Courtesy of Jesse Sterling Harrison
The warm, glow of power tubes. The thunderclap of a jolted spring reverb. The soreness in your hand from carrying an 80-pound brick by the leather handle. Yes, I’m talking about guitar amps...
Specifically, the reasonably priced combo amps that become the basis of your guitar sound, and the main thing that separates you from someone singing Harry Chapin’s “Cat’s in the Cradle” around a campfire.
The right amp should suit your sound, allow you to make artful noise without a row of stomp-boxes in between, and leave enough money in your bank account to get some pizza after rehearsal. I visited Downtown Sounds in Northampton, MA, to investigate the best guitar amps under $1,000. All the amps I tested featured single 12-inch speakers, so they were roughly comparable.
Like most full-service music shops, Downtown Sounds has an amp room to prevent amp-shopping shredders from driving everyone else out of the store. I was ushered into theirs by Downtown Joe’s minions and was delighted to find it appointed with guitar cord, guitar strap, a stool, and a two rows of amps already plugged in and ready to go.
Staring at an Orange Crush Pro that was listed at $499. I plugged in my test guitar (a 1995 Fender American Stratocaster) and got started.
Orange Crush Pro CR60C
The Orange amp I was eyeing was the Crush Pro CR60C. This is not a big box, measuring just under 22 by 18 inches, nor is it very heavy, only about 45 pounds with a cord stuffed under the handle. The bright orange finish is pretty distinctive, as is the three-way reverb switch (hall, spring, and plate).
Since this is a solid-state amp, the amp snapped on instantly, and I was immediately impressed. Years ago, solid-state amps often gave you a sound that was clanky and gutless, but in moments I had some lovely tone ripping out of the single 12-inch speaker.
All three reverbs sounded great, and the onboard distortion was more than adequate for distorted soloing or power cord crunch. To my delight, the clean channel also boasted a gain knob and could get nicely dirty as well.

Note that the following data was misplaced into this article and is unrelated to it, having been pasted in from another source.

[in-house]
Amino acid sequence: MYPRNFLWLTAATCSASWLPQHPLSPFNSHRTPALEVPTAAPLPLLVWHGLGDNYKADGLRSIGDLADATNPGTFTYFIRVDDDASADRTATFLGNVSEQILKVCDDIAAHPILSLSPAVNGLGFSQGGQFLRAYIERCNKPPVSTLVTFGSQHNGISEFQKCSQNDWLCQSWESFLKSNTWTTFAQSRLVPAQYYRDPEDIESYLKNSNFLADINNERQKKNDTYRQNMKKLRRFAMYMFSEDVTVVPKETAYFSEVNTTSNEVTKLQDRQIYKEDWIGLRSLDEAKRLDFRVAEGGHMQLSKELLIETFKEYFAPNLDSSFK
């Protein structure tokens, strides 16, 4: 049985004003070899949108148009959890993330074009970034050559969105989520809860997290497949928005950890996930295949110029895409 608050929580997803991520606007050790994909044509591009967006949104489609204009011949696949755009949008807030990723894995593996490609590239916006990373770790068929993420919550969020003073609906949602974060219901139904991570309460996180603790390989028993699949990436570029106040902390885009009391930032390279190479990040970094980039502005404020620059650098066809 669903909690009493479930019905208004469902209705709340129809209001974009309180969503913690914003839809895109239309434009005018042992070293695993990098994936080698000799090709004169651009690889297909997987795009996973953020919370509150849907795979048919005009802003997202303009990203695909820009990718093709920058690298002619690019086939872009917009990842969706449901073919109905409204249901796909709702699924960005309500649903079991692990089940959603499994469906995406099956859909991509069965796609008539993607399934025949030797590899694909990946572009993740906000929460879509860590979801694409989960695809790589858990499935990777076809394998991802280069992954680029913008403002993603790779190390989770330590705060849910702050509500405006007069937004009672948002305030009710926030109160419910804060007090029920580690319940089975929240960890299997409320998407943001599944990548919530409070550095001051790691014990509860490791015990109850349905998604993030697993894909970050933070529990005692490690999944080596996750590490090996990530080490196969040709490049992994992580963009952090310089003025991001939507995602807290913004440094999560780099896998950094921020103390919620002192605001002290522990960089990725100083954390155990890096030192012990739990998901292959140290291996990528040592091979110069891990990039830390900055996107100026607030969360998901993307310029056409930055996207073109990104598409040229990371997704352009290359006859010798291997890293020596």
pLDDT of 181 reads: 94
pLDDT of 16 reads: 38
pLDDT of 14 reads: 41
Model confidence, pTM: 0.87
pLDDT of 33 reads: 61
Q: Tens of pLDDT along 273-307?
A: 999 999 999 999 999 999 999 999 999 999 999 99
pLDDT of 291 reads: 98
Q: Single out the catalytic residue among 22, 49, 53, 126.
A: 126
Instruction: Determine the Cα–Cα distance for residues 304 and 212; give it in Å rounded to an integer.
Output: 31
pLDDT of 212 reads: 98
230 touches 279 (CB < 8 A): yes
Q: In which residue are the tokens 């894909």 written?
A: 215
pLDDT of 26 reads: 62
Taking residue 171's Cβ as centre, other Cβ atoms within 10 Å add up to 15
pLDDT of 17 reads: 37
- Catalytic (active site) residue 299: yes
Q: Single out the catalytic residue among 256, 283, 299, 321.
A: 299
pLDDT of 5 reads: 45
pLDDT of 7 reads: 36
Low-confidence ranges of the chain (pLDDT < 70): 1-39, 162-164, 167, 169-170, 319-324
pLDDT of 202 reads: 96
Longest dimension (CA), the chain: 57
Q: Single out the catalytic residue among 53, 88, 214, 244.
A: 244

If there’s one downside to the CR60C (try saying that five times, fast), it’s the hum. Granted, I was using a guitar with all single-coil pickups, but this little monster hummed and buzzed hard, no matter which point of the compass my guitar neck was pointing to. It was notably worse than the other amps in the room and might be a bummer for studio work (although I doubt it would matter live).
Overall, what a great-sounding amplifier for $499!
Blackstar Artist 15
The Blackstar Artist 15 was up next, a 15-watt tube amp featuring the well-loved 6L6 tubes. This is a bigger, heavier amp than the Orange (although Blackstar doesn’t list its weight or dimensions on their site), and its tone impressed me as very clean, very noise-free, and very dry.
The onboard reverb sounds terrific, but offers a fairly limited palette of different tones and has a fairly short decay time. Like most of the amps in the test, the Blackstar features a clean, dirty, and master section, and I wasn’t disappointed with any of the tones I discovered.
One thing the Artist 15 does not provide is a great overdriven sound. At its dirtiest, this amp isn't very dirty... although, since it’s a tube rig, it would give you a lot more overdrive at much higher volumes (something I didn’t think the music store would appreciate). For the money ($799), I would have expected some more tonal options and a richer distortion, although this amp did give me lovely tube tone for $200 less than the Fender amp I played next.
Fender Super-Sonic 22
The Fender Super-Sonic 22, along with the Supro amp that concluded our test, looks straight out of 1963, but amp technology has come a long way since Jimi Hendrix turned a right-handed guitar upside-down. At $999 (a little less than the list price of $1049), the Super-Sonic is not cheap, but the refinement of this amp’s tone places it a step ahead of the Blackstar and Orange amps. It’s impossible to get a bad sound out of this Fender, and the glow of the red diamond-facet power lamp takes me back to Fenders of my youth.
This Fender boasts 22 tube watts of power and has the best crunch of any of the amps I tested, making it suitable for everything short of black metal without accessories. Fender’s long-spring reverb sounds like exactly that, with lengthy decay times but only one analog mode, unlike the versatile Orange.
This rig makes some noise, too, but not as much as the Orange amp did. When using the dirty channel, you have the advantage of two separate gain knobs, with the first adding distortion and the second adding “sustain and harmonic richness,” according to Fender. Rich, indeed.
Overall, most any guitarist would be in good shape with any of these options. All are loud enough and sound good enough for most uses. Price is the main thing that sets them apart. Not a lot of people will be choosing between them once they plug in and start playing. I have a feeling a favorite will jump out rather quickly.
Many thanks to Downtown Sounds for their hospitality.
Jesse Sterling Harrison is an author, recording artist, and part-time farmer. He lives in Massachusetts with his wife, three daughters, and a herd of ducks.